- Think of the keywords in terms of headers rather than processes. If I was planning a party, I would have lists for food, guests, games, music and ‘things to do’ before the big day. The chances are low that I would head one of my lists ‘Organize’!
- Leading on from this, I can see my worry about repeating keywords doesn’t matter… it’s flow and direction that matter. You are trying to get somewhere, and it’s not a crime if there are half a dozen information offices in your map, provided they are all well-located and useful.
- The biggest break-through for me was when it was pointed out you could use mind-mapping to plan blog posts.
A better attempt
All my pouts vanished, and in no time at all I was embarking on my second experiment: Mission Mind Map. If that term seems a little familiar, it’s because it is!
Shortly after starting, I knew I was onto a winner.
- I was now thinking in terms of headings and lists, and didn’t get stuck.
- Item order mattered. Things don’t just spring up in the middle of nowhere, and the map finally had a direction.
You see, I was finally getting the hang of it, but my pernickety nature ensured I aimed for at least two items per heading. You can’t have a list of one, can you? In a mind map it’s really about flow, like in my diary… one thought leading to another — but while thinking of thoughts as lists, I wanted two leading on from one, and would fish for another point just to make up numbers.
That’s the feng shui approach to mind-mapping, I guess — or plain OCD.
I enjoyed it; it was a lot of fun. I was able to go into detail without forgetting minor points or losing the shape of what I was writing about.
The next worry, however, was how to get the mind map into my document. The idea of swiping back and forth between it and my blog post didn’t appeal.
Of course, MIndNode wouldn’t have been a proper app if it didn’t have a solution! I was able to convert it into a column of text in my favourite writing app. First of all it arrived in a mad jumble, starting with my last point and ending with the introduction. So I went back and moved everything round the other way, reimported, and this time items appeared in the right order.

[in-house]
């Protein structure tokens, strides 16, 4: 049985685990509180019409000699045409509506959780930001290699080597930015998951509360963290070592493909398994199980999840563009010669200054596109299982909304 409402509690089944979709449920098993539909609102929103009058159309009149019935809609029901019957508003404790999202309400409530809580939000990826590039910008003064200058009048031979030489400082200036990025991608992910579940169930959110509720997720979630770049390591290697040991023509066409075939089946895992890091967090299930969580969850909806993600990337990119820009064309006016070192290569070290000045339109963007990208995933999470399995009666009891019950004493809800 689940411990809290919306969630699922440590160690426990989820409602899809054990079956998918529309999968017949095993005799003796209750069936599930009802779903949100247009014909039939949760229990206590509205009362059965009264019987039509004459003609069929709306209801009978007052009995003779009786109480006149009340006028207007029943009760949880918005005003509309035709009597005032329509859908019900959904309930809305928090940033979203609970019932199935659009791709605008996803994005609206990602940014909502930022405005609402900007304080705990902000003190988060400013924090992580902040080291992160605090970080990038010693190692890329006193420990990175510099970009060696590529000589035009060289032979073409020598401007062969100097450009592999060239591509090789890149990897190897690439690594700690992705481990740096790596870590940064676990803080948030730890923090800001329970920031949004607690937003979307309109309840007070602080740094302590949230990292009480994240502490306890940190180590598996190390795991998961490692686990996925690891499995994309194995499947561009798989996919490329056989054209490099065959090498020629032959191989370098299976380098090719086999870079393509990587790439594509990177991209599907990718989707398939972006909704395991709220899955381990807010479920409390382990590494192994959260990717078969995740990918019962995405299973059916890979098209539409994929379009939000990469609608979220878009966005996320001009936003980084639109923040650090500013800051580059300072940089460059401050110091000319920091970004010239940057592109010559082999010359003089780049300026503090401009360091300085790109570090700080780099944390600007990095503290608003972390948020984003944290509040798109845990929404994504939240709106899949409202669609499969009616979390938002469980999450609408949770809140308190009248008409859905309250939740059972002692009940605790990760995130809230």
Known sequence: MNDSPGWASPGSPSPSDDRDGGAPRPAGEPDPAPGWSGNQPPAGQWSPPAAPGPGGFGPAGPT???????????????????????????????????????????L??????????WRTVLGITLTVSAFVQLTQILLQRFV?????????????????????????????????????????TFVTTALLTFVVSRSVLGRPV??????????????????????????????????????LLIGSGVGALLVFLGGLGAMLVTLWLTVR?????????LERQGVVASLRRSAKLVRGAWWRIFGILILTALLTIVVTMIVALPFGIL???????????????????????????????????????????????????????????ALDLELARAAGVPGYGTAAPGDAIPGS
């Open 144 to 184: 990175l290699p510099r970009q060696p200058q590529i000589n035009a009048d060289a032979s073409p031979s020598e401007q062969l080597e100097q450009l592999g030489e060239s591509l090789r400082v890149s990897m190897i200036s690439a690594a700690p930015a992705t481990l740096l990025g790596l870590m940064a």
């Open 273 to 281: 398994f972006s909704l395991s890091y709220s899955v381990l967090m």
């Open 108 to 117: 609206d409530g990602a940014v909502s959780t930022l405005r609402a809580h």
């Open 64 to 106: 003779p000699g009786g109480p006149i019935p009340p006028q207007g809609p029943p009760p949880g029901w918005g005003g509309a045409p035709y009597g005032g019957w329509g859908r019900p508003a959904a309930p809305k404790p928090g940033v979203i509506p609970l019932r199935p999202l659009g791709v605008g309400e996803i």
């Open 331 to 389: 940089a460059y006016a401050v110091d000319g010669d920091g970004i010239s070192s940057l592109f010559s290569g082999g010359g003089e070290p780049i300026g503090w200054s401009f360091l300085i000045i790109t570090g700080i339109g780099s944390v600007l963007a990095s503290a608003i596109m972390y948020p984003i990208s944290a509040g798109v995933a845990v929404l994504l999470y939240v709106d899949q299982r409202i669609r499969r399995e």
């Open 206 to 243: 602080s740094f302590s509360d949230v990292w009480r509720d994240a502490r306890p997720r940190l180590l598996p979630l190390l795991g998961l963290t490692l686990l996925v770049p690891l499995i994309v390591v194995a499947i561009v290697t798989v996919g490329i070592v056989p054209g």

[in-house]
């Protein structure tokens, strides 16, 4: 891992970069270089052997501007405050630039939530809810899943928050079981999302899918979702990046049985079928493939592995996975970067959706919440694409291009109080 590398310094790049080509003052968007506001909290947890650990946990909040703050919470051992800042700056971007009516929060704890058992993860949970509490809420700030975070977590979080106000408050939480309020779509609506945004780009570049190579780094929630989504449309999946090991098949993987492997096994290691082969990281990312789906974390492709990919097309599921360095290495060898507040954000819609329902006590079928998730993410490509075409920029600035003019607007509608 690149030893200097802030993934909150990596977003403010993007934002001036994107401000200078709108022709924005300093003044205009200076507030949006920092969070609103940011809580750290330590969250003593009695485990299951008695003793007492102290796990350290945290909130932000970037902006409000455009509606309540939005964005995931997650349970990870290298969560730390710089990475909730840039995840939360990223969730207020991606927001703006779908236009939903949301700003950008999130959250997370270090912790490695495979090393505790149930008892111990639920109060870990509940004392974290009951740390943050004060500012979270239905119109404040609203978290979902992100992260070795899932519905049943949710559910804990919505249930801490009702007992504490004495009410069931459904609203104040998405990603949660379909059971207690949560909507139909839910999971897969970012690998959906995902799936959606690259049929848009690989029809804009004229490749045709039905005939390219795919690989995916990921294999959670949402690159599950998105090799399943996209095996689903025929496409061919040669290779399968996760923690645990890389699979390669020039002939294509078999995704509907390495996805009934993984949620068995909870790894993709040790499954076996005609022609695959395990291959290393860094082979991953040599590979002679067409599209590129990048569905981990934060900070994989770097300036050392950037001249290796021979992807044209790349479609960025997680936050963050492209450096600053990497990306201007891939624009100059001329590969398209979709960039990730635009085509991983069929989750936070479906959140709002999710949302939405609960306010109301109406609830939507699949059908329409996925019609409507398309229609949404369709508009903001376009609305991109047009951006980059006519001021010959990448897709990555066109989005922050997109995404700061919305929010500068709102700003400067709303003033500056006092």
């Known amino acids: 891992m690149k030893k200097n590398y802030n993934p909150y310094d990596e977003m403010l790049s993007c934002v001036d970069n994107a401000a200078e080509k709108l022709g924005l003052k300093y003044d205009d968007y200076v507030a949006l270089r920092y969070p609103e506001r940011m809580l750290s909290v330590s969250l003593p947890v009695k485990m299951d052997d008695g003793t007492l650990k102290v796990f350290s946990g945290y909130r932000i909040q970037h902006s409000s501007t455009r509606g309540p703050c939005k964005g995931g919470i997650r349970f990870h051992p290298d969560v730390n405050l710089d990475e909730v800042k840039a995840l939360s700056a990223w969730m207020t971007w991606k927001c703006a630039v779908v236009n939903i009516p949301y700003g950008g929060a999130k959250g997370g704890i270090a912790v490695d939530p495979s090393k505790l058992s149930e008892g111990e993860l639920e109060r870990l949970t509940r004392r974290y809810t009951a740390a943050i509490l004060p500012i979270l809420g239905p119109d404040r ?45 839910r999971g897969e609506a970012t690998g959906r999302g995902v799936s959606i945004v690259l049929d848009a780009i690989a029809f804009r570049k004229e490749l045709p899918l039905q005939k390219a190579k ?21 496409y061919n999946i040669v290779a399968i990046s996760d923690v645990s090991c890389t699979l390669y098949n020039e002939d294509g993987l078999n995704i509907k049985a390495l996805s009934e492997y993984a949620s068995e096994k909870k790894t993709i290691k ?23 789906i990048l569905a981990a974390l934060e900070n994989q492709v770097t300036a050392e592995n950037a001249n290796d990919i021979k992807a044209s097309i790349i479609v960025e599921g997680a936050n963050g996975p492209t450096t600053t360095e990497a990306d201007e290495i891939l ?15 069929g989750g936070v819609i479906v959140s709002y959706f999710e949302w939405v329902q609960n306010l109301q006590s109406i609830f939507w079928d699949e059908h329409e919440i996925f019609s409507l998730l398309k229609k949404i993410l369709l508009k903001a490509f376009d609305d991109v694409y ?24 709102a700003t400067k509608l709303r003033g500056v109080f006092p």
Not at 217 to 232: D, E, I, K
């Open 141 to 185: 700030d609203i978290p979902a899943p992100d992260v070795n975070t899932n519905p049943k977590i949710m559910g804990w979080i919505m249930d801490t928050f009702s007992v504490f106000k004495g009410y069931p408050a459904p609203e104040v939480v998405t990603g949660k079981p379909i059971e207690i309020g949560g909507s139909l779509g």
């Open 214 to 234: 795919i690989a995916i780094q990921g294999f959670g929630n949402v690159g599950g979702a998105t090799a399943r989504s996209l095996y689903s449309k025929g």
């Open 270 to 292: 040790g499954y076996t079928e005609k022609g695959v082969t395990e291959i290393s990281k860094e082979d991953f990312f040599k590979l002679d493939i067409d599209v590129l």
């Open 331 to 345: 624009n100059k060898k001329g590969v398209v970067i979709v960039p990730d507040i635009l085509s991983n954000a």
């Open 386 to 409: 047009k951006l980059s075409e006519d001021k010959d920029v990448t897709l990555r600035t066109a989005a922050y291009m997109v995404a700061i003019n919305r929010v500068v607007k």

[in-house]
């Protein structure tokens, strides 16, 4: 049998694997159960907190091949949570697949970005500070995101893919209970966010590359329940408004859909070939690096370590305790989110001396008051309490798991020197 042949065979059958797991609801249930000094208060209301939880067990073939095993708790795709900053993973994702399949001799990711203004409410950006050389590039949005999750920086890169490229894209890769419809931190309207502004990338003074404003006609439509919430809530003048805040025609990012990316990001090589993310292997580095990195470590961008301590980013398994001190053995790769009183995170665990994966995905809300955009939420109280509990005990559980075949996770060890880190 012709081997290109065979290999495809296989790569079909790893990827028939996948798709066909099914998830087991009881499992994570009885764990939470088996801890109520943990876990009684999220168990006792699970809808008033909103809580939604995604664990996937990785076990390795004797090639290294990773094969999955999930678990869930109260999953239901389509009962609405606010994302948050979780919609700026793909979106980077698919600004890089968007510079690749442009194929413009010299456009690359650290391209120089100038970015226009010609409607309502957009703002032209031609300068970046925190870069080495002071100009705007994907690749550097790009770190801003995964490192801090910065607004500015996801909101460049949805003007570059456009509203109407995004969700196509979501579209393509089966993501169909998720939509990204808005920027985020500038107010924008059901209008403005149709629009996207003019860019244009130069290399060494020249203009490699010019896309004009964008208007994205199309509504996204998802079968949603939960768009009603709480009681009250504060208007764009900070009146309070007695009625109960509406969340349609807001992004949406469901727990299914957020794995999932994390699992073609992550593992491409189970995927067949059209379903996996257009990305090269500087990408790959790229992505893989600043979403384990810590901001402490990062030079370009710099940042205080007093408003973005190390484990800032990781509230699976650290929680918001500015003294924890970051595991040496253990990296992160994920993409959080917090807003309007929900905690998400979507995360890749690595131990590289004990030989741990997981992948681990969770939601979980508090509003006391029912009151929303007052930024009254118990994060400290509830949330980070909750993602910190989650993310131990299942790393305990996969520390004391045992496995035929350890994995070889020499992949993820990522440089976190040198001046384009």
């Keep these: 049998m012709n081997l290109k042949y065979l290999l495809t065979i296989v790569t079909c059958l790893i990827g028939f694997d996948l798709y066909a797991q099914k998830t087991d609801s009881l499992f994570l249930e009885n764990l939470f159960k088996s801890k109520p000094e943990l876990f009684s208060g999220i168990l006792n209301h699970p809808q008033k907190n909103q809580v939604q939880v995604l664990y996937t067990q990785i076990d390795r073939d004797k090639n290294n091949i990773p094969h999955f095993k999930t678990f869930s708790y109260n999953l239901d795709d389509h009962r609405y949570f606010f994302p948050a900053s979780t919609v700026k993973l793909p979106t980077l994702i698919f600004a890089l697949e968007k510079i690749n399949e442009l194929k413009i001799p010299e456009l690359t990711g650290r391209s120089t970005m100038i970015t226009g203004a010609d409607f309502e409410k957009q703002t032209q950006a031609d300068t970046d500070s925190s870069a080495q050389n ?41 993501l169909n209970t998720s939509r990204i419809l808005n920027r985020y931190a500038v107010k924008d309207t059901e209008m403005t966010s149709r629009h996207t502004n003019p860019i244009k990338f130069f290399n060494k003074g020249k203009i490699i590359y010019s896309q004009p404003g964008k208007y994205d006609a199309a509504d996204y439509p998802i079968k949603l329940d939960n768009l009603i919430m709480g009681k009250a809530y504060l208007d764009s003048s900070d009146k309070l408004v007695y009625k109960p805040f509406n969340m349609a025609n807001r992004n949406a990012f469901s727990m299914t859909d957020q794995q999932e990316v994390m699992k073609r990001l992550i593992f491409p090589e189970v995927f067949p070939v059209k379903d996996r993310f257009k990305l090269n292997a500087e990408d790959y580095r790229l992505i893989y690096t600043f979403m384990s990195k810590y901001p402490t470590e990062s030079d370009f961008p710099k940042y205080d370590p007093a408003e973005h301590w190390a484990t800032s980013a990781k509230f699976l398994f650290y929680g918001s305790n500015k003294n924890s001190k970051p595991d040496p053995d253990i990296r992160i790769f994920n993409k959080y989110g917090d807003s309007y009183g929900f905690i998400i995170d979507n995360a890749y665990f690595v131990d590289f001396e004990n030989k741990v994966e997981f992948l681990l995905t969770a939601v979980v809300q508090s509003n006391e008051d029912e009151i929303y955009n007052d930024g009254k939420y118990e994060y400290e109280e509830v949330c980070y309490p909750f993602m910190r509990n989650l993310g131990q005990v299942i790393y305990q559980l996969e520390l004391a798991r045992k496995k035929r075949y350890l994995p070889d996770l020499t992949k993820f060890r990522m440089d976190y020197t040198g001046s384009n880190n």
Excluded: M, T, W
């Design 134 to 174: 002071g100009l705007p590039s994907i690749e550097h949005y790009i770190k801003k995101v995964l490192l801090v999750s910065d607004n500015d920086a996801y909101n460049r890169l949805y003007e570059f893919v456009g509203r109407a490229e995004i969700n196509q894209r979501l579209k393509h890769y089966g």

When I remembered things I’d forgotten, I made direct changes to the text column rather than edit the mind map itself. I was tempted to think of the map as a finished product, like a picture, but it’s only a stage. It had already done the main work and was not part of the equation any longer.
Some of my changes and additions in the text column arrived as long lines and paragraphs, which is how I’ve always written. I put ‘brief’ ideas in the right places, and these immediately start growing, forming the nucleus of the post itself. In contrast, placed in a mind map, they would remain short snippets of text to be fleshed out later rather than ‘now.’ The process of allowing your notes to expand immediately can take you in new directions, and these are sometimes worthwhile. On the other hand, it’s confusing if these weren’t directions you meant to go in, leaving your original point jostling for place.
Perhaps the mind map is not a hindrance to the evolution of your post — more a temporary postponement of narrative in favour of deeper structure. It still reminds me of my use of journals to ‘problem-solve’… one thought leading to another and ending in a plan. It’s certainly keeping me busy and I’ve not yet abandoned this mass of text! I’m polishing sections of this before I’ve even written the rest of it — it’s partly procrastination; partly because in some sense it’s been written already, and I can relax and not worry that I’ll forget things.
A few days ago, I was listening to a song that has stayed in my head all the time I’ve been writing this. Long Time Coming (David Sneddon).
And in a deeper part of me
A stronger soul is breaking free
And I want you to know
Can’t hold me down for any more
Pull myself from off the floor
And I want you to know
Based on my short experience of it, pros and cons for mind-mapping as part of a writing process?
- Cuts down the usual muddle, though not completely.
- Possibly you would axe redundant topics before spending much time writing them.
- Otherwise short and lazy posts would become longer and more detailed, though I don’t entirely know if that’s good!
- It becomes less intimidating to deal with your blog topic overall; you don’t need to put it off to a later time when your thoughts are less scattered.
- Tendency to waste time tidying the map — trying to balance it out and make it beautiful.
- Mine was inside-out and back-to-front, but there’s a setting to adjust that.
- This way of laying out your thoughts seems difficult to read. I showed it to a friend who commented: “I couldn’t get my head round it! It’s too much like the kind of thing the office used to produce as one of their many flavour of the month initiatives!” I can sympathize because I dreamed about mice (the ones nesting in it) and have no love for the corporate environment myself.
- The map is transformed into a column of indented headers. Why not write them that way in the first place? This is one I find hard to explain away.